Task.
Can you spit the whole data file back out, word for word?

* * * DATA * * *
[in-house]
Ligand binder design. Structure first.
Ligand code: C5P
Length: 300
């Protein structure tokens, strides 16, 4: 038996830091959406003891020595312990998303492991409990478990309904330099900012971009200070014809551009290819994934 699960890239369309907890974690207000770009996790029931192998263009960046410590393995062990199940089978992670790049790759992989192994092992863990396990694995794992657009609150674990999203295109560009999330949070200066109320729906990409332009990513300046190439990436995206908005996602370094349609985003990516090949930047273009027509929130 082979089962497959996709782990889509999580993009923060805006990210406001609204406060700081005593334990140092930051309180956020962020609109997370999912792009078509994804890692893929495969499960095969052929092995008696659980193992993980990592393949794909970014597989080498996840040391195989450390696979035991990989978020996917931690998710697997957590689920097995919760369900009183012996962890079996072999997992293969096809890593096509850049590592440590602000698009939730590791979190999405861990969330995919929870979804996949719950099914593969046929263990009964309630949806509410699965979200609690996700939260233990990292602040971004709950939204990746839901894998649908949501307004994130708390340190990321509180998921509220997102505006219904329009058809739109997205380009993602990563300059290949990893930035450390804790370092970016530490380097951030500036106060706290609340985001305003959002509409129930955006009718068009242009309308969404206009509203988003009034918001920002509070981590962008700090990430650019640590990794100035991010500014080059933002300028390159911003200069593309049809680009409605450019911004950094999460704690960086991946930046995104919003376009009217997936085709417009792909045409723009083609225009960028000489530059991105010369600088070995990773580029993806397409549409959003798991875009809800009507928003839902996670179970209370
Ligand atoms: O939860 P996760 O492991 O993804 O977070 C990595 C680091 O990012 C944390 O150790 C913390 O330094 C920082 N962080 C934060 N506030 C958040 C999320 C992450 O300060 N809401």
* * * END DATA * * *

[in-house]
Ligand binder design. Structure first.
Ligand code: C5P
Length: 300
């Protein structure tokens, strides 16, 4: 038996830091959406003891020595312990998303492991409990478990309904330099900012971009200070014809551009290819994934 699960890239369309907890974690207000770009996790029931192998263009960046410590393995062990199940089978992670790049790759992989192994092992863990396990694995794992657009609150674990999203295109560009999330949070200066109320729906990409332009990513300046190439990436995206908005996602370094349609985003990516090949930047273009027509929130 082979089962497959996709782990889509999580993009923060805006990210406001609204406060700081005593334990140092930051309180956020962020609109997370999912792009078509994804890692893929495969499960095969052929092995008696659980193992993980990592393949794909970014597989080498996840040391195989450390696979035991990989978020996917931690998710697997957590689920097995919760369900009183012996962890079996072999997992293969096809890593096509850049590592440590602000698009939730590791979190999405861990969330995919929870979804996949719950099914593969046929263990009964309630949806509410699965979200609690996700939260233990990292602040971004709950939204990746839901894998649908949501307004994130708390340190990321509180998921509220997102505006219904329009058809739109997205380009993602990563300059290949990893930035450390804790370092970016530490380097951030500036106060706290609340985001305003959002509409129930955006009718068009242009309308969404206009509203988003009034918001920002509070981590962008700090990430650019640590990794100035991010500014080059933002300028390159911003200069593309049809680009409605450019911004950094999460704690960086991946930046995104919003376009009217997936085709417009792909045409723009083609225009960028000489530059991105010369600088070995990773580029993806397409549409959003798991875009809800009507928003839902996670179970209370
Ligand atoms: O939860 P996760 O492991 O993804 O977070 C990595 C680091 O990012 C944390 O150790 C913390 O330094 C920082 N962080 C934060 N506030 C958040 C999320 C992450 O300060 N809401």